Dear Eve,

I have a bed problem with my spouse. I am three months pregnant but my husband claims to feel uncomfortable making love to me nowadays. I feel this pregnancy is making me want sex or rather making out so much, even though he claims even coming into contact with my body is making him uncomfortable.

I understand these changes can happen, but at least a little touching or making out would do me good. What should I do? I feel so "sexsick" that I download porn videos that help me masturbate. I really need your help.

Jane

 

Dear Jane,

Thank you for your question. It is actually a common conundrum in which many couples find themselves but it really need not be. I hope your husband reads this article so he can gain a better understanding of what is going on with him.

You are normal

The first thing I would like to do is assure you that nothing is wrong with you for wanting more sex and physical touch while pregnant. We all know pregnancy brings with it hormones that change us in many ways, one of which is increased appetite. What we too often overlook is that one of the appetites that does increase is the sexual appetite.

In addition, changes such as greater blood flow to your vaginal area, more discharge, getting wet more than usual, heightened sensations to your breasts as well as to your vaginal area can all contribute to your increased sexual appetite. So, to be clear, you’re a perfectly normal pregnant woman and your body and sex drive are responding accordingly.

Understand his thoughts

The next thing I want to talk about is your husband’s reticence in touching you sexually or even having intercourse with you. I don’t know him so I will respond in generalities. Pregnancy, as we know it, is a special and beautiful experience for both mothers and fathers. At the end of it, you get this beautiful, innocent, pure little human who you commit to raise well, to the best of your ability.

Sex, on the other hand, is a often a complex experience for many people. Yes, it feels good (for most people) but it carries with it so many beliefs, connotations and emotions that it can be a lot more complex than it needs to be in thought, word or deed. Some people, for example, consider it dirty, impure or even bad.

Sex can't harm the baby

If your husband happens to be in this category, can you see why he may feel guilty or wrong for doing something dirty in the same space that houses his precious little baby? It doesn’t mean he is right but I believe the best way to approach a difference of opinion is to understand why it matters to the other person.

Speaking of housing, there is a common misunderstanding of pregnancy and its biology. Yes, for most couples, pregnancy occurs as a result of sperm delivery from a man to a woman via the vagina. However, the baby neither lives nor grows in the vagina. The baby lives in the womb, a totally separate area of a woman’s reproductive system. In fact, the baby is very protected from anything that could enter the vagina by the amniotic fluid in which it lives and by the thick mucus plug that seals the cervix, which even protects the baby from infections.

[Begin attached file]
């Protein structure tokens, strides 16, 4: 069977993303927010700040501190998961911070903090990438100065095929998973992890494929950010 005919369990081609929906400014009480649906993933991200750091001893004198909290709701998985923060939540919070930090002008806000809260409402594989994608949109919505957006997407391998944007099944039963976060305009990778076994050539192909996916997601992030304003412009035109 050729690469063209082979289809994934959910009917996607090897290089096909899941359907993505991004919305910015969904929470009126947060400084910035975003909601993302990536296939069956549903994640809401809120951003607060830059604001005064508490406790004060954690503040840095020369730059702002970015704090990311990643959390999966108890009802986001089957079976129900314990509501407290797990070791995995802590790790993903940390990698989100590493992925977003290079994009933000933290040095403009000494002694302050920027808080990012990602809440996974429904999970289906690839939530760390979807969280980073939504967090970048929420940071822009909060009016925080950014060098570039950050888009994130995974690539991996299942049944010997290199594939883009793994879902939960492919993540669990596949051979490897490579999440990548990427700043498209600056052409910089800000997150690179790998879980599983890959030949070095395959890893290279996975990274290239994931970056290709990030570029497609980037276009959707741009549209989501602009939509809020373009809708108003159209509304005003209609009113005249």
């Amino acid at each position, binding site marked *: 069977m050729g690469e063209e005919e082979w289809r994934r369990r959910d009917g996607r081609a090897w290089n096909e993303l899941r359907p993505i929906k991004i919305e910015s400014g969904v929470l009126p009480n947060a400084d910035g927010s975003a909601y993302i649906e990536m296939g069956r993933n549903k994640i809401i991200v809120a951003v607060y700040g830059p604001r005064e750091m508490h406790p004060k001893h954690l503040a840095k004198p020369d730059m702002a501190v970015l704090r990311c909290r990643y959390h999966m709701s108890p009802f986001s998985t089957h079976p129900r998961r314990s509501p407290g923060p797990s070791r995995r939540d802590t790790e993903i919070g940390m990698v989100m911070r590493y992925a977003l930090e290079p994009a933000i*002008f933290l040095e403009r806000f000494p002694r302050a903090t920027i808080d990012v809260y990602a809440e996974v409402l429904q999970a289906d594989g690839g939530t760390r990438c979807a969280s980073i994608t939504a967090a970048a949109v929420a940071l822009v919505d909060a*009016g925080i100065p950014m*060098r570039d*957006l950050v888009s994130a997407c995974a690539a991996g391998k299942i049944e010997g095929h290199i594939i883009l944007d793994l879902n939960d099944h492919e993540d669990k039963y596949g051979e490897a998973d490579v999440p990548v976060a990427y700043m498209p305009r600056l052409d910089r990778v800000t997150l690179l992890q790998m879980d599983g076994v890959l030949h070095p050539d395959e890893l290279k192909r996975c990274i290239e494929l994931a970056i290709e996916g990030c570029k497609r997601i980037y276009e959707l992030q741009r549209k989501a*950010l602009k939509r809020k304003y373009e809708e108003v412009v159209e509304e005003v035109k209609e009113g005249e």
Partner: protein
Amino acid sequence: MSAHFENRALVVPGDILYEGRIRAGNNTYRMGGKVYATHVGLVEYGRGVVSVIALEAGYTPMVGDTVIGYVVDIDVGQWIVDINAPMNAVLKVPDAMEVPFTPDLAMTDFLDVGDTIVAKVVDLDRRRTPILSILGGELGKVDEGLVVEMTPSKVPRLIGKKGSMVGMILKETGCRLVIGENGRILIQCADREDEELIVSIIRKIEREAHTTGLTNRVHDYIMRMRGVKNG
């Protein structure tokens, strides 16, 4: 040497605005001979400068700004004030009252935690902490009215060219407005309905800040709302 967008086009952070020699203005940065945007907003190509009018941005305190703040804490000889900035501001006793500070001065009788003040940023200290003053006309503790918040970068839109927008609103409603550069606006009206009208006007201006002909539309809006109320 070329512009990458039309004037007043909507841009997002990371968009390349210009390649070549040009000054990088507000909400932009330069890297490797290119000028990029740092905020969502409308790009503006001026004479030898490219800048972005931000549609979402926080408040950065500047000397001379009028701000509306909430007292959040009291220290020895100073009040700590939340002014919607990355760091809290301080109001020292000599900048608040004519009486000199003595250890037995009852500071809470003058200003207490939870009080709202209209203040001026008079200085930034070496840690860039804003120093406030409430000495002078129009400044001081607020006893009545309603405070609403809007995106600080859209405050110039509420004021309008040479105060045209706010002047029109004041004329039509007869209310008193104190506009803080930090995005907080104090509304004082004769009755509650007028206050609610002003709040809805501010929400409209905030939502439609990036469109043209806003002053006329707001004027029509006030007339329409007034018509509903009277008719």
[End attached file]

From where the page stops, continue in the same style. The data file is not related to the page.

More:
Think of it as a house with different rooms and hallways; the baby lives and grows in one room while the penis and vagina contact one another during intercourse in another room so they really wouldn’t meet because the rooms are separate even if they are in the same house. In brief, a penis – no matter the size – cannot reach the baby.

Furthermore, sex – even vigorous sex – will not burst walls of the baby’s room, ok? For as long as your doctor gives you the ‘go ahead’ i.e. a clean bill of health, please do have sex and touch “make out” to your heart’s content. Just remember to take things slow, even on your ‘tried and true’ sexcapades.

Talk about it

It would be useful for you to find out the specific reasons why your husband is not receptive to your desires during this season of pregnancy so you can both address them. The main thing is that you both allow open communication on this matter. Remember too, that there is plenty on the sexual spectrum that can be satisfying to you both so avoid taking a hard line on any one thing or two. Finally, create a safe space that allows both of you to speak openly about what feels good and what doesn’t.

I hope you do have a fruitful conversation so that you are no longer “sexsick” and become “sexwell” moving forward. Wishing you and your husband lots of “succsex” as you look forward to your bundle of joy.

 

Maggie Gitu holds an MA in Marriage & Family Therapy. She practices as a Marriage, Family & Sex Therapist. Reach her at gitumaggie@gmail.com or via her Facebook page: Maggie Gitu


Sexual healing;sex therapist;pregnancy